Finding More Than Moose Droppings in Talkeetna

By Melanie P. Moore

He told me his name was Dog.

“When I’m in the south, I spell it D-A-W-G. When I go to a restaurant, I spell it ‘Dogg,’ which sounds more like a last name.” He never told me his last name. Dog is a retired Air Force pilot who spends summers in Talkeetna, Alaska.

On vacation in July, my wife and I heard about the annual Talkeetna VFW Moose Drop from our bus driver, Heidi, who had driven us and other tourists to the Susitna river for a Jet Boat Adventure. Heidi, though younger than him, had been Dog’s flight engineer at one point in the Air Force. Now the Commander of the Post, Heidi had sold all her tickets, but told us how to get to the VFW where we could buy some. We looked at each other and shrugged, why the heck not? Every day of our three-week Alaska vacation had been planned in detail for months. Why not be spontaneous, live fully into the moment where we are, as we are on this day? I had no idea how profoundly I would be affected by this escapade.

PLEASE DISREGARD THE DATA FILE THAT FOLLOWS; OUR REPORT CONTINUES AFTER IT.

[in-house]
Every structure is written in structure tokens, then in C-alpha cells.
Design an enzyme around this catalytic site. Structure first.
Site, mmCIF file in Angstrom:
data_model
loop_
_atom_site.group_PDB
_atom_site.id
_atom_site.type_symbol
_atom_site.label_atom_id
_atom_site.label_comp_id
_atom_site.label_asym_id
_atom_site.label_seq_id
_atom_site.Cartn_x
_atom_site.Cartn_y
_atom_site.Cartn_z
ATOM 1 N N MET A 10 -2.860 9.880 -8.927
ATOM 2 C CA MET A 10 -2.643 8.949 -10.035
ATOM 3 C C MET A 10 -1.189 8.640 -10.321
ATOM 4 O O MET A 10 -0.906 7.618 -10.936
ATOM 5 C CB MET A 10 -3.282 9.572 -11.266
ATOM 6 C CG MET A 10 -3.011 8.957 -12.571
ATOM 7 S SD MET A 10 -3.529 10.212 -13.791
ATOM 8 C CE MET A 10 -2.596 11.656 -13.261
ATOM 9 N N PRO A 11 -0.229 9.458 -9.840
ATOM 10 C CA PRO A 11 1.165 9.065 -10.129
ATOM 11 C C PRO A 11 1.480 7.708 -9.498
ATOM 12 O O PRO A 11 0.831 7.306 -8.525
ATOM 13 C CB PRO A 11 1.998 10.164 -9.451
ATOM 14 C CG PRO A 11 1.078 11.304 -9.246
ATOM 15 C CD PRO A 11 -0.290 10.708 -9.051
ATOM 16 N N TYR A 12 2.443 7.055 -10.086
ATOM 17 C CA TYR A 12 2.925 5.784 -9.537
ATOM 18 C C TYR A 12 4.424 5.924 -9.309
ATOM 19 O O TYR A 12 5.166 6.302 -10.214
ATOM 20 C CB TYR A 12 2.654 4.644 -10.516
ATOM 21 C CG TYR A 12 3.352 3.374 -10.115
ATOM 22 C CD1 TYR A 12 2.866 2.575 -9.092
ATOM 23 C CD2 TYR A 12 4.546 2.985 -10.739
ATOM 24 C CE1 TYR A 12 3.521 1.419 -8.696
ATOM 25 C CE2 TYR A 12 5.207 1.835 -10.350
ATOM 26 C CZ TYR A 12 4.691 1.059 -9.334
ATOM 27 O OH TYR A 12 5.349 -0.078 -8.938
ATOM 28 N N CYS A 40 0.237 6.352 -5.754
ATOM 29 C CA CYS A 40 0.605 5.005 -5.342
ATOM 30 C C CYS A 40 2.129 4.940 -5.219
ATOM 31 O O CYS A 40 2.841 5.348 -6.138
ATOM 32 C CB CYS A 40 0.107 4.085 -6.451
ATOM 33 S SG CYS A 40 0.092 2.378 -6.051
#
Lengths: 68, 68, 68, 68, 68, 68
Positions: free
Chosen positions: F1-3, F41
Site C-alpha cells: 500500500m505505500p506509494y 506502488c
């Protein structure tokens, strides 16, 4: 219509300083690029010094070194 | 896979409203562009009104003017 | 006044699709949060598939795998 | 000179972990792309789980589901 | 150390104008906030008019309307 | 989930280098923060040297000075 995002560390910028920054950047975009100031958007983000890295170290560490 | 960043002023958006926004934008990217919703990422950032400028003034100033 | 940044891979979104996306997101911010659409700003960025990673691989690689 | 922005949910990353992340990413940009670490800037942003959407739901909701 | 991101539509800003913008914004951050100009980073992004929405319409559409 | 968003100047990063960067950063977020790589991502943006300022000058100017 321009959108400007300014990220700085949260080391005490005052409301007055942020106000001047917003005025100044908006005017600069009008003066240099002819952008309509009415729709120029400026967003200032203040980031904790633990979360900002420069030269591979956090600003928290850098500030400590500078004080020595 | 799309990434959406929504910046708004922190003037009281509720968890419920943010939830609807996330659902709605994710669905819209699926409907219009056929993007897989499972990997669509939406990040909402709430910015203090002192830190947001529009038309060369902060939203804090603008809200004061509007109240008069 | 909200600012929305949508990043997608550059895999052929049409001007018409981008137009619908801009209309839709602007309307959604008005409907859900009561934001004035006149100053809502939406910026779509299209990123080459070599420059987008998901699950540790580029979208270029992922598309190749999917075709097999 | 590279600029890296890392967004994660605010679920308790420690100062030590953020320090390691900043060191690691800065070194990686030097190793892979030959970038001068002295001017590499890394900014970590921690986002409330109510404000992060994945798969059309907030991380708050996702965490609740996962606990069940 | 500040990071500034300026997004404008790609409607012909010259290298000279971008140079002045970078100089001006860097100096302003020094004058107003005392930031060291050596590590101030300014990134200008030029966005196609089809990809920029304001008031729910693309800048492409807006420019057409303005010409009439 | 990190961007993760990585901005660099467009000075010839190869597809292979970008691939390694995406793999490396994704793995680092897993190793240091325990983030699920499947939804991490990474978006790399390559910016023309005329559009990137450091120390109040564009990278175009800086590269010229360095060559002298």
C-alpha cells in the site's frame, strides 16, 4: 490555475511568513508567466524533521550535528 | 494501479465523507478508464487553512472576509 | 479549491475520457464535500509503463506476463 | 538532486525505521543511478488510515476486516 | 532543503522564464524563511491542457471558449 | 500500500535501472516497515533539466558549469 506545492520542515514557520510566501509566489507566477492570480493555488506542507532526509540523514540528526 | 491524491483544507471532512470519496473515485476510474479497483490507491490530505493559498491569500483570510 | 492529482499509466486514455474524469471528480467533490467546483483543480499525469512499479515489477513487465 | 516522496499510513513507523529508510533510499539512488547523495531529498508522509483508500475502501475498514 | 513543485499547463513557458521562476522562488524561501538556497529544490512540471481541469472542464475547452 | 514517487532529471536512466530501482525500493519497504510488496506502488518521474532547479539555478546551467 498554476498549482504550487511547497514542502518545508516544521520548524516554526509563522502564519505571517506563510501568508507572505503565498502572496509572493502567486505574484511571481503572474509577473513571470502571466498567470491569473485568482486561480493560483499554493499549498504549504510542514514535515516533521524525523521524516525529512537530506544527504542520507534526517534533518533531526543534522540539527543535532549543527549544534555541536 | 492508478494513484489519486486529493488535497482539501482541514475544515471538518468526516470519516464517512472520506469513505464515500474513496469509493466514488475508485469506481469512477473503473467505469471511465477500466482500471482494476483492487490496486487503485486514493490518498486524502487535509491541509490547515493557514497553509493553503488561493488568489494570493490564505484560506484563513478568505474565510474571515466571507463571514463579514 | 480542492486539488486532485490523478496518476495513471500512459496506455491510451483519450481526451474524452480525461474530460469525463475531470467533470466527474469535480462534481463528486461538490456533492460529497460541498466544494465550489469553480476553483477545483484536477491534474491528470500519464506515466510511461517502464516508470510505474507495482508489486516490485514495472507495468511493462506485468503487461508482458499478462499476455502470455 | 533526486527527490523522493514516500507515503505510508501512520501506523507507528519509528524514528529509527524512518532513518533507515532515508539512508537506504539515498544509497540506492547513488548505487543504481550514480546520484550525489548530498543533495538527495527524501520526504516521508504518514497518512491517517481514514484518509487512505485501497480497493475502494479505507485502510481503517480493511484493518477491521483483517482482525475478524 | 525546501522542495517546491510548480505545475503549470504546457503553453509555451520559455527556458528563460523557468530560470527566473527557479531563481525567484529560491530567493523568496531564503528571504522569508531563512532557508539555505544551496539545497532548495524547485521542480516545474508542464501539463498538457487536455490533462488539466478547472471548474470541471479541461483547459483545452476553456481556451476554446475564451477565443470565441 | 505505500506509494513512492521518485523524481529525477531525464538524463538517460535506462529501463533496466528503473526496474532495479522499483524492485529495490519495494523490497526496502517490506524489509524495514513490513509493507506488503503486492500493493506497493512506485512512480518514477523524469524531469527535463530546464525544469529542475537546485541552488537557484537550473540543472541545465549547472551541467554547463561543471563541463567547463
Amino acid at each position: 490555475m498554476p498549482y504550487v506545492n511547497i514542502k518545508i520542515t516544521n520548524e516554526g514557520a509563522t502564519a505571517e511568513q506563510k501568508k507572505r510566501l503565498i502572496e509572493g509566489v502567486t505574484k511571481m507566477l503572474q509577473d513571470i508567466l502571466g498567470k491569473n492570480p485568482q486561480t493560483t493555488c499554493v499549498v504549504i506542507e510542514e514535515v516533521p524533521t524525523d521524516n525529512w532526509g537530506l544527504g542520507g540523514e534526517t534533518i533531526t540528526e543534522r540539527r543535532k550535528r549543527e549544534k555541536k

Talkeetna is a tiny, funky little town—population 1,199. A cat, Stubbs, was elected mayor and served from July 1997 until his death in 2017. Talkeetna has captured the imagination of TV and movie writers. A moose walking past a stop sign in downtown Talkeetna was part of the opening for each episode of the TV show Northern Exposure.

We walked toward the VFW and found three old guys spray painting a giant bullseye over most of the parking lot. A circle of folding metal chairs made up the outer loop. A smiling, white-haired man walked over and we asked him about tickets. He didn’t have any, but we could get some inside, he said. I asked to hear the history of the Moose Drop and he said, “Let’s go inside and I’ll tell you.” Spoken like a true unreliable narrator, as we all are when we share our lore with new initiates.

Dog, holding the Moose Dropping bag–before filling it. (Photo credit: Melanie P. Moore)